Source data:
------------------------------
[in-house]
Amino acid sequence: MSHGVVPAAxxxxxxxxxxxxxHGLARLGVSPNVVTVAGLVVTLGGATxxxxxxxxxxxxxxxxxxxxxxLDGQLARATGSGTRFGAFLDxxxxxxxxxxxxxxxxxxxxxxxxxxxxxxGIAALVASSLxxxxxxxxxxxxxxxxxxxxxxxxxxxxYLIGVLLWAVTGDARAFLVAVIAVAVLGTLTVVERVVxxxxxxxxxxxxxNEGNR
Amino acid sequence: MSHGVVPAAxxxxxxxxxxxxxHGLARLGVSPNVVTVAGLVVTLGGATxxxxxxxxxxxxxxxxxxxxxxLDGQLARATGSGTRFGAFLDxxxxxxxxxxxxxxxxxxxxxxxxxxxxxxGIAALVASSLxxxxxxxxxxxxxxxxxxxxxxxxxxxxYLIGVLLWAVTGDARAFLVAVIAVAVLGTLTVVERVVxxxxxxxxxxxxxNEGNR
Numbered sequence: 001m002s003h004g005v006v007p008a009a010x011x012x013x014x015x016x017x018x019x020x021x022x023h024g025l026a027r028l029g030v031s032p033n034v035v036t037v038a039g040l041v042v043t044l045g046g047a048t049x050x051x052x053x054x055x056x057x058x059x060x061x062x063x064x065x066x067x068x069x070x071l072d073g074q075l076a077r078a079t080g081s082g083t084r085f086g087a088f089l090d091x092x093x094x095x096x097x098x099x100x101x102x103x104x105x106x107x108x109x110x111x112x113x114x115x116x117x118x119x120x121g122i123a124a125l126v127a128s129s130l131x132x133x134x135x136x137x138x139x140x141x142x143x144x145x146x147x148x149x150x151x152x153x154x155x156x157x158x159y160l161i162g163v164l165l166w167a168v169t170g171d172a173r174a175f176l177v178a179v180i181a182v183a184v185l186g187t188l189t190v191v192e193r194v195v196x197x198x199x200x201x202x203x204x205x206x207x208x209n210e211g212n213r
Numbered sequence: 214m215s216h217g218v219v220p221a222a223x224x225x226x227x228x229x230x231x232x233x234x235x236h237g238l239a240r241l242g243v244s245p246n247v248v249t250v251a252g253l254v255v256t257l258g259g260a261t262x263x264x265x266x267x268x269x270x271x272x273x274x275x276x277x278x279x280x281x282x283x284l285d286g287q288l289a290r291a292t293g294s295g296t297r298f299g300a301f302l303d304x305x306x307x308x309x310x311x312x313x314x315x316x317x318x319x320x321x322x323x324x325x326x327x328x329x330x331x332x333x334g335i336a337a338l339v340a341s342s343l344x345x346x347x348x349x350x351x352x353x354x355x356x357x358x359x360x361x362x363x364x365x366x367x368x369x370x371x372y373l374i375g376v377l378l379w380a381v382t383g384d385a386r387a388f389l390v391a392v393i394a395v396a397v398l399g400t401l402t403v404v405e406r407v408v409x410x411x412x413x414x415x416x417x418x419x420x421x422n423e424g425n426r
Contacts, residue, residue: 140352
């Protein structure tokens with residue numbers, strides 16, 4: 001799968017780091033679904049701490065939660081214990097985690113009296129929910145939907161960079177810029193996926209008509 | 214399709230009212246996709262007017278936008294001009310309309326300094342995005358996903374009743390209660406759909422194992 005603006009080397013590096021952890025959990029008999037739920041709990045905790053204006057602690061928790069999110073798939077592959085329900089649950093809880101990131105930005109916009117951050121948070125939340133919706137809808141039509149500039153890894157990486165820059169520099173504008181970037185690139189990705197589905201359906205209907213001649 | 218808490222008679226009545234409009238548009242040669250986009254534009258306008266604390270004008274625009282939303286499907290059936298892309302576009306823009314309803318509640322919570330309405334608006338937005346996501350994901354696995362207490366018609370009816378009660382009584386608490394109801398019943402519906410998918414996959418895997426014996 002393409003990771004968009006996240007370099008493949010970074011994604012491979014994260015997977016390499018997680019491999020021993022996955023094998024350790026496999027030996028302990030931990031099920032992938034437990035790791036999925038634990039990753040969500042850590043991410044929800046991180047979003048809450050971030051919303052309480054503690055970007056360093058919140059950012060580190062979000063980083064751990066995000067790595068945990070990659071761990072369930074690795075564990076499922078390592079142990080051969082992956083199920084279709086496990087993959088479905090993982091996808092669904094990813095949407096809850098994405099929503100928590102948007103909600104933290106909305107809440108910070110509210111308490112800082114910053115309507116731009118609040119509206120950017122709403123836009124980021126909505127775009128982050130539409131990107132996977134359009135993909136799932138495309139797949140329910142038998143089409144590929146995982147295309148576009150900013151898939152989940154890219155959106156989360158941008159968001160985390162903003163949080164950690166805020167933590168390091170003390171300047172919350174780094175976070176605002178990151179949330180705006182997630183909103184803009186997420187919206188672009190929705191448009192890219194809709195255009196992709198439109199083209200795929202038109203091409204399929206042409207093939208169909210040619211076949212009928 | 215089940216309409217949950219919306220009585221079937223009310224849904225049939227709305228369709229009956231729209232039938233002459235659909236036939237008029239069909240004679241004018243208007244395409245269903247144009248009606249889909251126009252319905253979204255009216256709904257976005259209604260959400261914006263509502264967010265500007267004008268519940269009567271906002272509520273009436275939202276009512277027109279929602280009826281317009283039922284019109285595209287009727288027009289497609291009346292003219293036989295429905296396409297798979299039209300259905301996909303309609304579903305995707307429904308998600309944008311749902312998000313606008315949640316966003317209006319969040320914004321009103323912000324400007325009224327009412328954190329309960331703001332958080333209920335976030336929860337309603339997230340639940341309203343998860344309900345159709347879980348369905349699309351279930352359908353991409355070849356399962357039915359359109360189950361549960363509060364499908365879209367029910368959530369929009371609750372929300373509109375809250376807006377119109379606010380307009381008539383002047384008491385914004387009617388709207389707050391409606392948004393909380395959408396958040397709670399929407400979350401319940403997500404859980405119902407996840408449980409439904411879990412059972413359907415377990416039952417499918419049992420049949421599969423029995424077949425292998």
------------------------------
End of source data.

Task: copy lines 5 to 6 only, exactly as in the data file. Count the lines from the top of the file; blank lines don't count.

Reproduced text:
Numbered sequence: 214m215s216h217g218v219v220p221a222a223x224x225x226x227x228x229x230x231x232x233x234x235x236h237g238l239a240r241l242g243v244s245p246n247v248v249t250v251a252g253l254v255v256t257l258g259g260a261t262x263x264x265x266x267x268x269x270x271x272x273x274x275x276x277x278x279x280x281x282x283x284l285d286g287q288l289a290r291a292t293g294s295g296t297r298f299g300a301f302l303d304x305x306x307x308x309x310x311x312x313x314x315x316x317x318x319x320x321x322x323x324x325x326x327x328x329x330x331x332x333x334g335i336a337a338l339v340a341s342s343l344x345x346x347x348x349x350x351x352x353x354x355x356x357x358x359x360x361x362x363x364x365x366x367x368x369x370x371x372y373l374i375g376v377l378l379w380a381v382t383g384d385a386r387a388f389l390v391a392v393i394a395v396a397v398l399g400t401l402t403v404v405e406r407v408v409x410x411x412x413x414x415x416x417x418x419x420x421x422n423e424g425n426r
Contacts, residue, residue: 140352